Discussion in 'Music and Recordings' started by ultrabike, Sep 25, 2015.
Just bought the 24/96 release of Steely Dan’s “Gaucho” from HDTracks.com
Weirdo rock/electronica from Chicago.
Pointer Sisters – I'm So Excited
Exploring Low Fi with my M2s and KRK KNS 6400, pretty impressed honestly!
Cuz I'll hammer your toe like a pediatrician
Listening to this except from the Live at the Fillmore album:
This is a beauty.
Old Drum'n'Bass is the best Drum'n'Bass
Ed Rush & Optical - Compound (this really deserves to be heard in better quality)
Han Zimmer channelling Phillp Glass
Glass has been such a massive influence on soundtrack and commercial music.
The bass in this track's intro is ridiculous(ly delicious)
EDIT: and if you think I mean the bit starting at 0:24, wait, you haven't heard nothing yet.
Yeah, just watched the reboot of the Magnificent Seven. James Horner did an old school score that was atrocious - swelling strings with huge dollops of cheese.
Sometimes anime soundtracks are worth it. This is the ending song. Visual Kei meets Industrial, kind of works...
Queued it up at work.... wishing I was at home right now with main rig.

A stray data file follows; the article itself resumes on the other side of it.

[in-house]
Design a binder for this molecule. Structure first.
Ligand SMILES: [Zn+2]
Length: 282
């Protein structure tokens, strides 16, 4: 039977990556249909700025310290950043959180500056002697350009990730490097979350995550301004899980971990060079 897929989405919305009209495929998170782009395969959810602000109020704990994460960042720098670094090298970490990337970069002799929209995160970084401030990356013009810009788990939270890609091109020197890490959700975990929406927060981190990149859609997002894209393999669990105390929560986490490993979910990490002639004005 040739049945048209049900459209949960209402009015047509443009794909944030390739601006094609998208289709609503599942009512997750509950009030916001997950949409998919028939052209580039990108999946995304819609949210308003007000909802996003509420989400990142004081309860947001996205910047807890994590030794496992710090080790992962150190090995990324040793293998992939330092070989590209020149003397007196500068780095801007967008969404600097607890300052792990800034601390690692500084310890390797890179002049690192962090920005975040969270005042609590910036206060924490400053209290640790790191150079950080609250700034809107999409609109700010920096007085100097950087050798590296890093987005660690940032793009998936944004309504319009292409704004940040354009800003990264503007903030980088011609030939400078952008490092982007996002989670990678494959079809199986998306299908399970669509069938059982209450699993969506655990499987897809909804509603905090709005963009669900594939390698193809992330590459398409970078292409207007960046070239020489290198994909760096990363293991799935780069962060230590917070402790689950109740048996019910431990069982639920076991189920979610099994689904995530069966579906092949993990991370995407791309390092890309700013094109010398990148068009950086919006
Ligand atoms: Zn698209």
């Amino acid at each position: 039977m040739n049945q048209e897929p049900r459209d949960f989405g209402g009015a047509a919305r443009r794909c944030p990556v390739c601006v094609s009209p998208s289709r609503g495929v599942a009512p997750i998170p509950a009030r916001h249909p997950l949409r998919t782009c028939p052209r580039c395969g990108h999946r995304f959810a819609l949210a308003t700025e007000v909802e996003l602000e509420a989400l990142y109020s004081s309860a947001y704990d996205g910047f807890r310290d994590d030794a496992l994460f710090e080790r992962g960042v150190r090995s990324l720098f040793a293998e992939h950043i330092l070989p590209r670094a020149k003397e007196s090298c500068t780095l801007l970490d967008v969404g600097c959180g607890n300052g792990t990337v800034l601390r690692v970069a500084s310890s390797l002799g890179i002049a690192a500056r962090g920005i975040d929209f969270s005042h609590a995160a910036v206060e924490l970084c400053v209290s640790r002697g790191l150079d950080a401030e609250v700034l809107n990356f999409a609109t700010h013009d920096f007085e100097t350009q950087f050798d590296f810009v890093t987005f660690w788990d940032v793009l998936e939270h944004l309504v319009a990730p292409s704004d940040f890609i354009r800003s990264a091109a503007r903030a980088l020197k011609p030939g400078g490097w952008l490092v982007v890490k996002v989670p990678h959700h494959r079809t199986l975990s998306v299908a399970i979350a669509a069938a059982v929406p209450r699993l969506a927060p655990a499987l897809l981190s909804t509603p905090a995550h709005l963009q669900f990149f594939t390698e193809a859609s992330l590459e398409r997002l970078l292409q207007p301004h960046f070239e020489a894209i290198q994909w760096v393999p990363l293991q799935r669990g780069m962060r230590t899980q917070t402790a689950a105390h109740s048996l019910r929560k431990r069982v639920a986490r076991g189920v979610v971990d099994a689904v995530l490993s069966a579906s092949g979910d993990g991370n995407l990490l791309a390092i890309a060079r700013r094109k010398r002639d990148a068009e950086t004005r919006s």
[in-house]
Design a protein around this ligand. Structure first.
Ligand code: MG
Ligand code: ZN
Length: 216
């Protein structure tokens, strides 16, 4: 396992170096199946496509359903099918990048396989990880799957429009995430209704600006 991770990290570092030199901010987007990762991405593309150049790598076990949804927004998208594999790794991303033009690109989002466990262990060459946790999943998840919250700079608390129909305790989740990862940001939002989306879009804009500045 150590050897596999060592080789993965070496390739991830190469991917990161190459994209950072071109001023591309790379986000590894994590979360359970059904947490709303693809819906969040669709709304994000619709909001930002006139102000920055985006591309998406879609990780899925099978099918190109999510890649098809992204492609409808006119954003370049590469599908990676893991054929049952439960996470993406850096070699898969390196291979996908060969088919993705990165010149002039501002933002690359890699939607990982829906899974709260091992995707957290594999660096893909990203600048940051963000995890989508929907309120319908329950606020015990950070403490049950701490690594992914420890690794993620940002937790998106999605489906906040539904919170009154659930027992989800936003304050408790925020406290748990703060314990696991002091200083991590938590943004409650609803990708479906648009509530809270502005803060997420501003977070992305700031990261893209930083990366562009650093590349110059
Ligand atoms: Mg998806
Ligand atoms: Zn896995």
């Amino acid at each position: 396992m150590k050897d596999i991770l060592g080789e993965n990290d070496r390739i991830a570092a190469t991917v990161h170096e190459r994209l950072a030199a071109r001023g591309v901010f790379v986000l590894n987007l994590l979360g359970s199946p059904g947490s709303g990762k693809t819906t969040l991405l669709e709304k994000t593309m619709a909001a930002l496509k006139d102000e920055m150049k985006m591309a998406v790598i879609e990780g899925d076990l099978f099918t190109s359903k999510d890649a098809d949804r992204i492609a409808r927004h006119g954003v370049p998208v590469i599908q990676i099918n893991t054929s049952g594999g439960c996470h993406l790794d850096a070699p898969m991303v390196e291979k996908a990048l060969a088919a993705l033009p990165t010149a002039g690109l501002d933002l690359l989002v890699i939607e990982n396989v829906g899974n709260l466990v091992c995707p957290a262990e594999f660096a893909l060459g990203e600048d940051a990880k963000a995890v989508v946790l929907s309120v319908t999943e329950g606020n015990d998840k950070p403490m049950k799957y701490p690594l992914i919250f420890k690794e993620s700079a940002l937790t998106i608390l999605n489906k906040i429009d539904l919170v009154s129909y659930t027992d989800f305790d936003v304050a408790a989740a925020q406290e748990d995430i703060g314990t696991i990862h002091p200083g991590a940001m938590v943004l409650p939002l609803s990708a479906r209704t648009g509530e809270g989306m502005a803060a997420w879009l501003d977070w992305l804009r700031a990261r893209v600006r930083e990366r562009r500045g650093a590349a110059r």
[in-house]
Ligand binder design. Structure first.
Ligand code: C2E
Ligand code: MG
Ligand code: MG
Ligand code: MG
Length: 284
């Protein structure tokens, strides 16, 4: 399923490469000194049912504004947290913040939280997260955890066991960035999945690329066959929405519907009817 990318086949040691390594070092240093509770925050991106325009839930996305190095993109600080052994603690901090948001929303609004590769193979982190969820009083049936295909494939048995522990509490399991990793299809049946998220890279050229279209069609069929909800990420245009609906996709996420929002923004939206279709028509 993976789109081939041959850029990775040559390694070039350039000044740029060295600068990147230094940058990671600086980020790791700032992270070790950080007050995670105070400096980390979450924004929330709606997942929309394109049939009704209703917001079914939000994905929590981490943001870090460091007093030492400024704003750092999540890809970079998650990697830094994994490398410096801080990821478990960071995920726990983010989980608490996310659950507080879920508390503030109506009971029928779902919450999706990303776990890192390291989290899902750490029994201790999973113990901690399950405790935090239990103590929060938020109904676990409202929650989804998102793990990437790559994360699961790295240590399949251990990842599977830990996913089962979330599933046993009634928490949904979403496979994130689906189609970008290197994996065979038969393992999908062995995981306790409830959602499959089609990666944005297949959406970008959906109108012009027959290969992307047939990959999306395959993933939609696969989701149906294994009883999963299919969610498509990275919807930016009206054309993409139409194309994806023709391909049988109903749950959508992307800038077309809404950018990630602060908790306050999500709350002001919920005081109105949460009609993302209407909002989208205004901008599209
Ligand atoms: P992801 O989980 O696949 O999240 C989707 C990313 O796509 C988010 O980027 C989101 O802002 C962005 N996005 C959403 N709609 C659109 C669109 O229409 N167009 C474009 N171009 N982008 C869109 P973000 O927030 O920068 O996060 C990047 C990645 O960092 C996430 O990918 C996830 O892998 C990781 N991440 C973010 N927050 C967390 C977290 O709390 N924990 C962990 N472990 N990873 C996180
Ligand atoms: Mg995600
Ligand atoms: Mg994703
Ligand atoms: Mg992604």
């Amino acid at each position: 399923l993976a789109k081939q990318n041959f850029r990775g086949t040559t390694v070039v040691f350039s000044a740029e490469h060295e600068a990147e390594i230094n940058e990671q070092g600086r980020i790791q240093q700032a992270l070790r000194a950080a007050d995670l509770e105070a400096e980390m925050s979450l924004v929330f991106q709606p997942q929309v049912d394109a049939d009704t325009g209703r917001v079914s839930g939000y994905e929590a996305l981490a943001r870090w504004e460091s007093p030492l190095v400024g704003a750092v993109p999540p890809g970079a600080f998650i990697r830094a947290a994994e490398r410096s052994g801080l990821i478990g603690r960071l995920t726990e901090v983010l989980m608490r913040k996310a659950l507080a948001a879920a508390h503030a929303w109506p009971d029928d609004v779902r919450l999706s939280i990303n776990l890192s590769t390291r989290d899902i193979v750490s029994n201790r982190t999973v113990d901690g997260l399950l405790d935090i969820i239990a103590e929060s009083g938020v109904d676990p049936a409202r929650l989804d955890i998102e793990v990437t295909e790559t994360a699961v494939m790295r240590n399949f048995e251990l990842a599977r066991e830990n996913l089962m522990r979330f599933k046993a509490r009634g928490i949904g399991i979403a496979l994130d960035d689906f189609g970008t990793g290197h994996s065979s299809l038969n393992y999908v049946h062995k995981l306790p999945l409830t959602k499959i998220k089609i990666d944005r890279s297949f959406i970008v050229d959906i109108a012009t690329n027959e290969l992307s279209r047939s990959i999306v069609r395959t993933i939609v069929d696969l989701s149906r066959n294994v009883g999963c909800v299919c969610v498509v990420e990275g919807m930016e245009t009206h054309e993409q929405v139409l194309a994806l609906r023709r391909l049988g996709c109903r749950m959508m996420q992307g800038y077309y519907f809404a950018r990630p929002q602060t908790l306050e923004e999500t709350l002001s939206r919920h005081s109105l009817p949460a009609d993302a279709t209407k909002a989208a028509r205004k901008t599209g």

Country Poem by Pat Metheny, from the album New Chautauqua. Part of last weekend's vinyl haul (very nice shape!). New Chautauqua was Pat's fourth studio album, and his first solo release. The name of the album is evidently a reference to a bygone movement/performance troupe of which Pat's great grandfather was a part. It was originally founded in Chautauqua, New York (hence the name). Interesting Wikipedia article for broader context here [link]. The album itself overtly evokes Pat's midwestern roots. In his earlier releases, his Missouri-ness sort of shines through the music unintentionally, but here it's on full display. He makes liberal use of rhythmic strumming and arpeggiation throughout the album. There is also a conscious effort to improvise over triads, lending to the Kansas City vibe. Perhaps unsurprisingly, you can draw a clear connection between his work here and later solo releases such as One Quiet Night. On this particular tune, Country Poem, I hear a lot of similarities with Julian Lage's bluegrass playing (e.g., Close to Picture w/ Chris Eldridge). It's one of the few records I can recall where Pat plays so purely in that style. Beautiful!
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